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Hastings Street in the Heights a conflicted area - study

Hastings Street has the feel of a highway, running through Burnaby’s most pedestrian-oriented neighbourhood, the Heights.
Hastings Street
The same spot on Hastings Street today, looking east from Gilmore Avenue.

Hastings Street has the feel of a highway, running through Burnaby’s most pedestrian-oriented neighbourhood, the Heights.

The two different functions – a major thoroughfare with buses, trucks and commuters rushing in and out of Vancouver, alongside a walkable shopping district – make Hastings Street in Burnaby a conflicted area, according to a study released by Slow Streets.

The study, conducted by the Vancouver-based urban design and planning group, suggests some solutions for the neighbourhood that is at odds with itself.

“Burnaby Heights itself features a lot of the great elements of a very good retail-oriented streetscape,” Samuel Baron, one of the study’s authors, told the NOW. “But we knew that this possibility and the quality of that retail and street-oriented space was undermined by the fact that over 30,000 vehicles travel through that area per day. It’s essentially trying to do two things at once.”

The study pointed to the HOV lanes during peak hours as a particular issue, with noise reaching 78dB (equivalent to garbage disposal) on the south side when parking is removed and the HOV lane is in use.

The study offered potential solutions to managing issues such as noise levels, proximity to moving vehicles, and the amount of traffic in the area.

Managing parking on and around Hastings Street was one suggestion, particularly making sure parking is well-marked, the study stated.

Lowering the speed limit to 30 kilometres per hour instead of 50, as well as creating thinner traffic lanes, would reduce noise and create more space for the sidewalk and patio areas along Hastings Street, the study added. Traffic calming measures would need to be introduced in the neighbourhood to prevent rat running.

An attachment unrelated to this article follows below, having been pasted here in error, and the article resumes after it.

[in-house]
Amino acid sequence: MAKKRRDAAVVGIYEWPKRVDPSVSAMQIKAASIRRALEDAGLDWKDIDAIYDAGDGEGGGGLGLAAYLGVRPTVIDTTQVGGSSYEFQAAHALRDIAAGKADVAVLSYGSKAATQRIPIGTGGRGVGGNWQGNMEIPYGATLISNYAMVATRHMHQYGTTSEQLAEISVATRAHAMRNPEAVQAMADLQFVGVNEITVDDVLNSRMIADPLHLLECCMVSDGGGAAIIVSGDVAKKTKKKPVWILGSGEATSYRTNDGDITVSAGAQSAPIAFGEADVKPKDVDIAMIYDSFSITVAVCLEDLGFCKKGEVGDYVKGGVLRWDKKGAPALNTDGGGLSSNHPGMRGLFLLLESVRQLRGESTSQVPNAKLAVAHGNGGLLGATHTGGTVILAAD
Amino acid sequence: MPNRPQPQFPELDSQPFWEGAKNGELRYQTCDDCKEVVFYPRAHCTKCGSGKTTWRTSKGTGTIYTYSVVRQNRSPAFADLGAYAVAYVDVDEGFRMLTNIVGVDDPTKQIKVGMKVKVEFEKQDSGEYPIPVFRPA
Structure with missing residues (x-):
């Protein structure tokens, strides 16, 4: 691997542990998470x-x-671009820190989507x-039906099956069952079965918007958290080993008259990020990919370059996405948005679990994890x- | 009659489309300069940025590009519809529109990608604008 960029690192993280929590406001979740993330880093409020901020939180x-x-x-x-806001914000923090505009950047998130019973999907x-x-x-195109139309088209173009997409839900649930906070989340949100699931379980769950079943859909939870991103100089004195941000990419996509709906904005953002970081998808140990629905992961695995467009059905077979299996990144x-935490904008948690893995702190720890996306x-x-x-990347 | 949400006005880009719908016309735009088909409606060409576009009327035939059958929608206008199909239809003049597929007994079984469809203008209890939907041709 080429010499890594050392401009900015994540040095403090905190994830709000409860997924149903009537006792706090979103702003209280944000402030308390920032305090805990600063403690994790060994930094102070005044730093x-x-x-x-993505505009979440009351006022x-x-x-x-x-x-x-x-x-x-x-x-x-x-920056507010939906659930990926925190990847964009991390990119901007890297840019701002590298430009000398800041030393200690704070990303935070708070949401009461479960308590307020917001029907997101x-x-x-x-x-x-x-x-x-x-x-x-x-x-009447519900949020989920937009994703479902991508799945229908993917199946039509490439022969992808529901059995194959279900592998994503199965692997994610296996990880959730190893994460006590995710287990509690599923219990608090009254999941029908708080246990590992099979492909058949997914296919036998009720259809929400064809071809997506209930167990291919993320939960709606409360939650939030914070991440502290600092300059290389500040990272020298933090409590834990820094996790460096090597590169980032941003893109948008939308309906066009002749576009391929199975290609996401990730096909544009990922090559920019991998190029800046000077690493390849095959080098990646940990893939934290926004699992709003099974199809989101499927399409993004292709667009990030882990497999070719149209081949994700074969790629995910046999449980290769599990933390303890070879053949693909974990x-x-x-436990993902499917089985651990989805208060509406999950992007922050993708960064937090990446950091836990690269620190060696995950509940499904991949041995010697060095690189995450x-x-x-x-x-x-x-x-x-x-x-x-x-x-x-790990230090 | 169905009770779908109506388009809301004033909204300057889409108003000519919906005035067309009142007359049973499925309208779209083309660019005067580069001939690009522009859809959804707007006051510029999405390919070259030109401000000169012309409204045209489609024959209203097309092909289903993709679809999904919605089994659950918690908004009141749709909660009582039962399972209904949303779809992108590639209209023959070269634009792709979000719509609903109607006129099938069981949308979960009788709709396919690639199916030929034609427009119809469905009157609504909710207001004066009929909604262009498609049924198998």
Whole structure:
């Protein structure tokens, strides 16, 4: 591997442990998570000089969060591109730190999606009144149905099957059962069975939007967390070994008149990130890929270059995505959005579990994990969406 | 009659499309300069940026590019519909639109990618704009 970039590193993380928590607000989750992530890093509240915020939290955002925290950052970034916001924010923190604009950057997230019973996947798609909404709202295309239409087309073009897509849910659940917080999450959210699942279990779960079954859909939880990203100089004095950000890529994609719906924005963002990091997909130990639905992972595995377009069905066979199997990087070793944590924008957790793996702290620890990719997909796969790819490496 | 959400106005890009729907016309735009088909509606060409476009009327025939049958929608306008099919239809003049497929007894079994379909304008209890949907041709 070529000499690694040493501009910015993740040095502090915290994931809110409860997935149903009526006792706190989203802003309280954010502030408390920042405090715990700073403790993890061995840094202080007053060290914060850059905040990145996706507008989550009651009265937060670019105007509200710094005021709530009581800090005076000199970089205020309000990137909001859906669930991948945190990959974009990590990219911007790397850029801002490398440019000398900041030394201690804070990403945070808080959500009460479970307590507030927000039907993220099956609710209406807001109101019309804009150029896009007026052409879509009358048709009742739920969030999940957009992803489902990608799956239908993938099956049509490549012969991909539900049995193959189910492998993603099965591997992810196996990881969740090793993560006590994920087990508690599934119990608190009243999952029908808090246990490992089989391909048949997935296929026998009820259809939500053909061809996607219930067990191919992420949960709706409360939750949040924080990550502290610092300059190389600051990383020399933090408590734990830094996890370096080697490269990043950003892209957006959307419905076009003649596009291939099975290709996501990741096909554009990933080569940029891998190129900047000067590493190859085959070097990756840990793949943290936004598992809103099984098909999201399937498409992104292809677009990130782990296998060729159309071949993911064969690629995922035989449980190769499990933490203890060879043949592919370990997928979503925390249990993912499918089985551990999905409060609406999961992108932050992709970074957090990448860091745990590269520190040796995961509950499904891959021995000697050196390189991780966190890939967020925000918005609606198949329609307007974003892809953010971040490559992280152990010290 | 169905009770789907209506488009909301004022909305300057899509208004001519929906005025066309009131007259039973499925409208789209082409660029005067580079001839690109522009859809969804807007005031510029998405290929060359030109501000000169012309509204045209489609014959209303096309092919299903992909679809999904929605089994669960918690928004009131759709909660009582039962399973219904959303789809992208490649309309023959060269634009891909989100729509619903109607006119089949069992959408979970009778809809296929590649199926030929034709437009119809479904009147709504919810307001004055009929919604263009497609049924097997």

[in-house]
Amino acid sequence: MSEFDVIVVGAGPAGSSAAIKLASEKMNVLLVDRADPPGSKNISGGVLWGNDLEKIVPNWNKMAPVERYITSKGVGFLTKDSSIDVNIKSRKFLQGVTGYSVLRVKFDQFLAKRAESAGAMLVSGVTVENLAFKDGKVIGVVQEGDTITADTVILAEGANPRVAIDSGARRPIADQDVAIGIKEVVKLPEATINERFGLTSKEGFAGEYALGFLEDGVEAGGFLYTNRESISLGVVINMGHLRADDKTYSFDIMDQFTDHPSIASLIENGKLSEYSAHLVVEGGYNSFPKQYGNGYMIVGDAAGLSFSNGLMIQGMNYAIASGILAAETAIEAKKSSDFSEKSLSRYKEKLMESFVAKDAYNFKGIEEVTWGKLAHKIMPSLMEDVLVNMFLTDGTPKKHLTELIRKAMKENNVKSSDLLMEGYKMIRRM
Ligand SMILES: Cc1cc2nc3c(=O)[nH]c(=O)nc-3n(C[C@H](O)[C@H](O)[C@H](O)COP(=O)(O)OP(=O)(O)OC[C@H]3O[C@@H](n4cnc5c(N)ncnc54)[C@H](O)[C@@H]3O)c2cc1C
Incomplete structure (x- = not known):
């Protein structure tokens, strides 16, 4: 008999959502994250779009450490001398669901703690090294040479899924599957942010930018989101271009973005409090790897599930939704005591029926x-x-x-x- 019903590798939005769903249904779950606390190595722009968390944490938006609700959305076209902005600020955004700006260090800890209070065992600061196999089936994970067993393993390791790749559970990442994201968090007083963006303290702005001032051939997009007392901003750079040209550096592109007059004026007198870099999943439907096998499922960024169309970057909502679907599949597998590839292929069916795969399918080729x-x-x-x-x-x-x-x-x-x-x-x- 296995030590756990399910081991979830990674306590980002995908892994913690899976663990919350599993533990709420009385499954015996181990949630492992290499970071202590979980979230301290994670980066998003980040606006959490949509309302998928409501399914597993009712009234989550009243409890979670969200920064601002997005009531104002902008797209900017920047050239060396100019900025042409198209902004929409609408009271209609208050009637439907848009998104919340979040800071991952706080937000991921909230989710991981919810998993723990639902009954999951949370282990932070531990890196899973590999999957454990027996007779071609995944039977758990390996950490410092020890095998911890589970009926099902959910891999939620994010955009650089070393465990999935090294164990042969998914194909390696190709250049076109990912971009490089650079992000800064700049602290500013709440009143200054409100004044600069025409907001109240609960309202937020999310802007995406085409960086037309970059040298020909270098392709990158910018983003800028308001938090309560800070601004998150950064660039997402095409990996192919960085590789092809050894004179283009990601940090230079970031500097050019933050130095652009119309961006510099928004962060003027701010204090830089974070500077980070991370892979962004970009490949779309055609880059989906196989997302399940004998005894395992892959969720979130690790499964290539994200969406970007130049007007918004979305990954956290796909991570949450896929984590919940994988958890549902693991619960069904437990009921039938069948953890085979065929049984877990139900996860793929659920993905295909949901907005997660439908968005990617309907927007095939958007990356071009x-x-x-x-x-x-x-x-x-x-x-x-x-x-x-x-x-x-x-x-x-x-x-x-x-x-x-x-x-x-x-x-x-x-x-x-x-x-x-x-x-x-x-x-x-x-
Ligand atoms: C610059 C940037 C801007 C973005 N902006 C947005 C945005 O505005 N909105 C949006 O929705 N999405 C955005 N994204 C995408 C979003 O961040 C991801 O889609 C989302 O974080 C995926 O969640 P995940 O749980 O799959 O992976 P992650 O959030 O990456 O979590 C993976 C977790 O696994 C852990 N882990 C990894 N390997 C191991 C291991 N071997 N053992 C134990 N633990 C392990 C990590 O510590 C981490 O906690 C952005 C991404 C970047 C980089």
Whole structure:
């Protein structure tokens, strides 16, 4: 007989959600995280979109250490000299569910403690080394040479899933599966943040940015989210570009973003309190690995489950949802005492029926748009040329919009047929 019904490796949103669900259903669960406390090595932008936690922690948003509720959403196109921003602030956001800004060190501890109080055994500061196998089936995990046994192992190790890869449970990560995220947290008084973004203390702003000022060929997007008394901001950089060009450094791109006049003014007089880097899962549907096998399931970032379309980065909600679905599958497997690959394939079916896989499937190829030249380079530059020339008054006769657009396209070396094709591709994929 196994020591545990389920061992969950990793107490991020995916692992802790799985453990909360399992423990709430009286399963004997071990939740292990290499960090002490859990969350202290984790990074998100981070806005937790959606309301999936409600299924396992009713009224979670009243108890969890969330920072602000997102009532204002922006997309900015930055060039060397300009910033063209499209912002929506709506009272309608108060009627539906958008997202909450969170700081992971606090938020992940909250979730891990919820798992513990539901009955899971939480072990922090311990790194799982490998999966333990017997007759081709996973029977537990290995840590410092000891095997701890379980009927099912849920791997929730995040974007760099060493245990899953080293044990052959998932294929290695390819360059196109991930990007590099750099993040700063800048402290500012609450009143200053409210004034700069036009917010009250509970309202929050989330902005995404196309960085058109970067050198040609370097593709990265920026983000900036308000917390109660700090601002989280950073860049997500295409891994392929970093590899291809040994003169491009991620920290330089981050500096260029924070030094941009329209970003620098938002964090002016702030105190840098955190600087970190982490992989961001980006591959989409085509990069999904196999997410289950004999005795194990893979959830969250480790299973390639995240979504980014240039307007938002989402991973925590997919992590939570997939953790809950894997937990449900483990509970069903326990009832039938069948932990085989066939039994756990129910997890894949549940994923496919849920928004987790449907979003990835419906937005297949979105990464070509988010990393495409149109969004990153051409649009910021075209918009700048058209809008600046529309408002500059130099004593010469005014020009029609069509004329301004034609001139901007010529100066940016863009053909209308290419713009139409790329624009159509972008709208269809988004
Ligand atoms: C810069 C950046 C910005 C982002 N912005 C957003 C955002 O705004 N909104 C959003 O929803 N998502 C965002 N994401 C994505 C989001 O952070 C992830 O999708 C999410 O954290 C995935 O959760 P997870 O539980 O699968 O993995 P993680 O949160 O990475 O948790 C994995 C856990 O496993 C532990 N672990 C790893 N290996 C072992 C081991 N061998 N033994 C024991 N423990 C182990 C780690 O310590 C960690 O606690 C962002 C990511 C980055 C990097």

Maximizing side streets was another suggestion, with some side streets as pedestrian-only zones, with retail and outdoor space.

In the short term, the opening of the Evergreen SkyTrain line may reduce some of the traffic that uses Hastings Street as an East-West connector, according to Baron.

Baron and his co-authors – Terry Sidhu, Darren Proulx and Simon Jay – come from different backgrounds but all met through Simon Fraser University’s urban planning master’s program.

They launched Slow Streets a year ago, Baron said.

The Heights Merchants’ Association contacted SFU’s urban studies program last year, looking for a student to do some observational research of sidewalk use, according to the association’s executive director, Isabel Kolic. The student was involved with Slow Streets.

Overall, Kolic said the study was very comprehensive.

“I found it really rich and thorough,” she said. “There’s definitely a lot to chew on.”

Kolic plans to present it to the association’s board, she said.

“I think for the most part it’s harmonious with the feedback we get from merchants and from shoppers,” she added.

However, it could be some time before any of the suggestions are implemented by the city, if the city chooses to do so.

While the study’s observations are correct, any potential solutions will not be easy ones, according to Doug Louie, Burnaby’s assistant director of engineering, transportations services.

“I think some of the observations that Slow Streets made regarding how one might try to improve the pedestrian environment along Hastings Street is valid,” he said. “I mean, they’re good observations. The key is, how do you get there?”

There are many different uses for Hastings Street and each one must be considered, Louie added, pointing out it is part of the major road network, it’s a truck route, and a busy transit route.

“Whatever we do let’s say to widen sidewalks or remove cars, there’s going to be major impacts,” he said. “And of course we need to review that.”

The current balance, whether people feel it is weighted too heavily for cars or pedestrians, has not been easy to achieve, Louie said, mentioning the traffic calming efforts brought to the neighbourhood a few years ago, which were intensely debated.

“Consultation would need to take place, and it’s not going to be an easy consultation,” he said.

The full study can be found at